posted August 22, 2007 at 11:16 am


Scot,
Thanks for this. I read your piece a while back, although I don’t remember the specifics of your case.
I agree that there’s a lack of concern. Some of it may be due to literary and narrative approaches, as you say, but I think it is also partly due to a belief that the two-source theory *must* be right (given how many people accept it), so it’s a waste of time to look into the synoptic problem any further. This attitude has led to a generation of NT introductions regurgitating out-of-date “facts” about the interrelationship of the gospels. E.g., several NT introductions published in the last ten or so years continue to cite the so-called argument from order, even though that argument was laid to rest as a logical fallacy in 1951!
John C. Poirier



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Scott M

posted August 22, 2007 at 11:25 am


There’s a synoptic problem?



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B-W

posted August 22, 2007 at 11:31 am


Correct me if I’m wrong, but my impression was that, among proponents of the “2-source hypothesis” (what you’re calling “Oxford” here, but I’m not familiar with that attribution), the theory that “M” and “L” were sources used specifically by Matthew and Luke (respectively) in addition to Mark and Q is an offshoot of the hypothesis, not necessarily believed by all (or even a majority of?) scholars.
At least, such is what I recall from my few-years-old-now seminary studies. I’m happy to have this impression corrected if need be.



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Scot McKnight

posted August 22, 2007 at 11:58 am


B-W,
Not all believed in the literary designs of M and L, but most believed both Matthew and Luke had access to something other than Mark and Q.



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Scott Grandi

posted August 22, 2007 at 12:36 pm


Your book Interpreting the Synoptic Gospels is printed in India by OM Books. It is part of the OM Books “Authentic Media” series, which also includes Rightly Dividing the Word of Truth. It costs Rs 79 (less than US$3).



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tom

posted August 22, 2007 at 1:02 pm


Scott M. @ 9: Is that tongue in cheek? If so, you got me :-).
Synoptic problem – Wikipedia



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Scott M

posted August 22, 2007 at 1:16 pm


No, it wasn’t tongue in cheek. I see from your link that it’s the larger description of the river within which these specifics are currents. I suppose from my perspective I have a hard time perceiving it as a problem in need of resolution. Is there a particular reason they couldn’t all flow from the same shared experience and oral tradition with the personality and expression of each individual? Of course, they would be similar, just as the sermon on the mount and the sermon on the plain are similar. But I’m not sure I see why it matters which was written first or if others had written down some of what had clearly been taught and shared among the church for several decades…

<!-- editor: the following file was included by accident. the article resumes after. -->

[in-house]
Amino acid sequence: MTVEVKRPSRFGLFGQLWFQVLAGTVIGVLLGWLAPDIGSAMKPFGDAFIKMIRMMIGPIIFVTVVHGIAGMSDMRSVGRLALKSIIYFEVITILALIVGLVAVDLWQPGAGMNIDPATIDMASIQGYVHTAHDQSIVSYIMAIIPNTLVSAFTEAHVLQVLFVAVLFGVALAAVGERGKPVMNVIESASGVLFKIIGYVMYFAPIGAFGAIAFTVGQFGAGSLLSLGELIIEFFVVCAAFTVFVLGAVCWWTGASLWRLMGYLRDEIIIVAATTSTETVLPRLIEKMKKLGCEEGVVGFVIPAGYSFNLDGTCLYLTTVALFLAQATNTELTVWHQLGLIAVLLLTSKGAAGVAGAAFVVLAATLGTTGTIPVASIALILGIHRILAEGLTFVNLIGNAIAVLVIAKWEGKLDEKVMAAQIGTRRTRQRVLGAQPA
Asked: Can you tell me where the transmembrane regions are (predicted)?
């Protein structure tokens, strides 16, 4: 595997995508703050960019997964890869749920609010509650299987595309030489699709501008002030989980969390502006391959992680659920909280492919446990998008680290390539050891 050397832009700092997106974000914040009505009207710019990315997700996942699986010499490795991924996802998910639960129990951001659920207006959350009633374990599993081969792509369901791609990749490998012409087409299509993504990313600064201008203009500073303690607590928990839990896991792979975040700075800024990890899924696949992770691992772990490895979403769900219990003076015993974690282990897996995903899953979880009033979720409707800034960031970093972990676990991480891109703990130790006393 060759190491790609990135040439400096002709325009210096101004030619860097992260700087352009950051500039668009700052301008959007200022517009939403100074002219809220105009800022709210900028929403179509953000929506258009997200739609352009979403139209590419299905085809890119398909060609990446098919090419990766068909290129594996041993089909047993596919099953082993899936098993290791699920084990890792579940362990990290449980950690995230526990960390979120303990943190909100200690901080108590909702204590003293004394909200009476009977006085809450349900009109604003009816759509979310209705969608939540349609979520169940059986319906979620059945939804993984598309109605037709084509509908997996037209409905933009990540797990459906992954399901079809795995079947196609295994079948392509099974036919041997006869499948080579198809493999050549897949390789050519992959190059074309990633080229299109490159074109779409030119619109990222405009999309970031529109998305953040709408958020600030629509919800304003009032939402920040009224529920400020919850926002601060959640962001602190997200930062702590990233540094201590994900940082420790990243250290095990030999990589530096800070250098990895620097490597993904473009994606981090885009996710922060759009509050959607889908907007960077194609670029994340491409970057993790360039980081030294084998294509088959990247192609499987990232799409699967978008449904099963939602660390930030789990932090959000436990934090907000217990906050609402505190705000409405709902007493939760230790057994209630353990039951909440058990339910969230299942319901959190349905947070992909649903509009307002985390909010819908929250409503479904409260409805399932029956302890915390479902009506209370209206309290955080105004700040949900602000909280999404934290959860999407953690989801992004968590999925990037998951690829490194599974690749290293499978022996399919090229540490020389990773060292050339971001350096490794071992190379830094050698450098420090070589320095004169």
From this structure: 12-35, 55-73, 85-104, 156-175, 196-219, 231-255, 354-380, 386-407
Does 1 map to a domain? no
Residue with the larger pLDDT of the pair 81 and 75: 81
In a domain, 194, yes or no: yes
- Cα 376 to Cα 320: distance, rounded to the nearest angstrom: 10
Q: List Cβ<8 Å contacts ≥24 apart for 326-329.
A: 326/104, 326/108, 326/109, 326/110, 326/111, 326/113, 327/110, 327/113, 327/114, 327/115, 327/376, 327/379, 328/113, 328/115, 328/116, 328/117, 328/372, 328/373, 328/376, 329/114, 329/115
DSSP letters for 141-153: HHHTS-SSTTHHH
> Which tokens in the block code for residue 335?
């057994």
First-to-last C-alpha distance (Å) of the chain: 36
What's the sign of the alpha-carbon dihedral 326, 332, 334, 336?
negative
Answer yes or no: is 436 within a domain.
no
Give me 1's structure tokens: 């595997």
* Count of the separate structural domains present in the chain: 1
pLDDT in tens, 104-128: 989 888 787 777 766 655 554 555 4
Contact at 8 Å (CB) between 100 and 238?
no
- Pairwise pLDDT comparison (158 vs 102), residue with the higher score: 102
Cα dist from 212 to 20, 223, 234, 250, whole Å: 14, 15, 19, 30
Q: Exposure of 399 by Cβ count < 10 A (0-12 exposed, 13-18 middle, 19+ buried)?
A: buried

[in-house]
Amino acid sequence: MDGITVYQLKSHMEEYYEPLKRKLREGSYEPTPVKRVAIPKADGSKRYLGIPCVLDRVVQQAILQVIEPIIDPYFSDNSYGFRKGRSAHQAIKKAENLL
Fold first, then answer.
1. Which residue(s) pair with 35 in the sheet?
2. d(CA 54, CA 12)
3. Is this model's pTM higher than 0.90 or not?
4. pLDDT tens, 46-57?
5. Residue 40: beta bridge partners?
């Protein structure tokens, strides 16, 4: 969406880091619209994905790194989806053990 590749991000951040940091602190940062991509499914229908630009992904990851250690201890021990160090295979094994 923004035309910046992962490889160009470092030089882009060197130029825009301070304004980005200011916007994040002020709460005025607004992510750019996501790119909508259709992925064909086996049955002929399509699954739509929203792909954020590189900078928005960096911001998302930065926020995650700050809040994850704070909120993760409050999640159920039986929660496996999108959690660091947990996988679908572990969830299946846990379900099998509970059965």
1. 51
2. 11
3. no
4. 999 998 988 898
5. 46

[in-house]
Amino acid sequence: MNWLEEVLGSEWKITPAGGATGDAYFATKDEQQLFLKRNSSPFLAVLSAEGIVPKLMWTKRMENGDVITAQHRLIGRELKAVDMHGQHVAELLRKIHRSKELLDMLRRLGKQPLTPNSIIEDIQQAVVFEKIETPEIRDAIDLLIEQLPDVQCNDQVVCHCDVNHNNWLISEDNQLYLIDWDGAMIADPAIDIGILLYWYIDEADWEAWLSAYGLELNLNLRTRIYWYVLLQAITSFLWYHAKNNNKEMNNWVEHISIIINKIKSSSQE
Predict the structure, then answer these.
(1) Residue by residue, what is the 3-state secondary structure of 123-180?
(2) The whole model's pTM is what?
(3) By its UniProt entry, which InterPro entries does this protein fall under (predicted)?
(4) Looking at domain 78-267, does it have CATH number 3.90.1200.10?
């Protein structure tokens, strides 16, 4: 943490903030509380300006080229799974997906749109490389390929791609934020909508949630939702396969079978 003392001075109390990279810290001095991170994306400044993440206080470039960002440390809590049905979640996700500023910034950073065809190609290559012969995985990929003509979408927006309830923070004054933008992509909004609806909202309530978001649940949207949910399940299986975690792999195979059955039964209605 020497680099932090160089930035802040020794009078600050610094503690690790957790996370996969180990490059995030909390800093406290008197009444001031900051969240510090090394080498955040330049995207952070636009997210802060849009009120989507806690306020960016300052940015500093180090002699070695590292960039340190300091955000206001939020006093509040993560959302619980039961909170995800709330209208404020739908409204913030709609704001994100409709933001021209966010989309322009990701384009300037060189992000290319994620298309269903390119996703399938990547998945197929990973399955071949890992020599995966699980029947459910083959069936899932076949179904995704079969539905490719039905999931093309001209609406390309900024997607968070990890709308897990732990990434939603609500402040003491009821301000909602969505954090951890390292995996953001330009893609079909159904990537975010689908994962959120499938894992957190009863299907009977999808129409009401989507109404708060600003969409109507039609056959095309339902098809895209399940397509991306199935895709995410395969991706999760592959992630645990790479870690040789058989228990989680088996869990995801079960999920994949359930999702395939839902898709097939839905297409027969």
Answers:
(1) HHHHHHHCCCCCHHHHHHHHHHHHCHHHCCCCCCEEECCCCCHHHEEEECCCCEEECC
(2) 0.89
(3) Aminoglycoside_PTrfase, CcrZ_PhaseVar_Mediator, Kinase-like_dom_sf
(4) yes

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Scot McKnight

posted August 22, 2007 at 1:18 pm


Scott M,
The “problem” is this: What is the relationship of the Synoptic Gospels? A careful reading of a synopsis reveals two glaring facts: there are verses that are identical in Greek and there are other verses that are dramatically different. Are they dependent upon one another? If so, does not that then enable us to look over Matthew’s shoulder and see what he did to Mark? (Yes, if you accept Markan priority and Matthew’s use.) It makes lots of difference for what we can know with precision.



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Mark Goodacre

posted August 23, 2007 at 7:30 am


Hi Scot; I’d like to comment briefly on one of the comments here:
“There are plenty today who want to challenge Markan priority from either the Griesbachian view or Farrer/etc view.
Maybe you’re right about Griesbach, but Tuckett had to fight it off. Farmer’s students are spread throughout the USA academy.”
On the first sentence, I realize that this is a slip, but I want to underline that the Farrer Theory is a Marcan Priority theory too; it’s problem is with Q.
On the question of Griesbachians in the American academy, there are four I know of, Allan McNicol (Austin Graduate School, Austin, TX) and David Peabody (Nebraska Wesleyan). David Dungan (Knoxville) and Thomas Longstaff (Colby, Maine) have recently retired. I think one of the disappointments for them recently has been the lack of notice of and / or engagement with their One Gospel from Two, which came out in 2003.



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Scot McKnight

posted August 23, 2007 at 10:40 am


Mark,
Thanks for this. My slip. I don’t often talk much about the Farrer hypothesis and I see it as fighting the consensus Oxford theory, which it does, but it does so by ending Q and postulating greater creativity by the Evangelists.
Yes, but I explain the disappointment by a general lack of interest in the Synoptic Problem in the wake of the rise of literary criticism. They fought a battle at the end of an era. It is the generation that knew not Streeter. (Nor does it much care.)
This generation isn’t doing redaction criticism much anymore either, Mark, and one of the major fruits of synoptic problem work is seeing the redactor at work.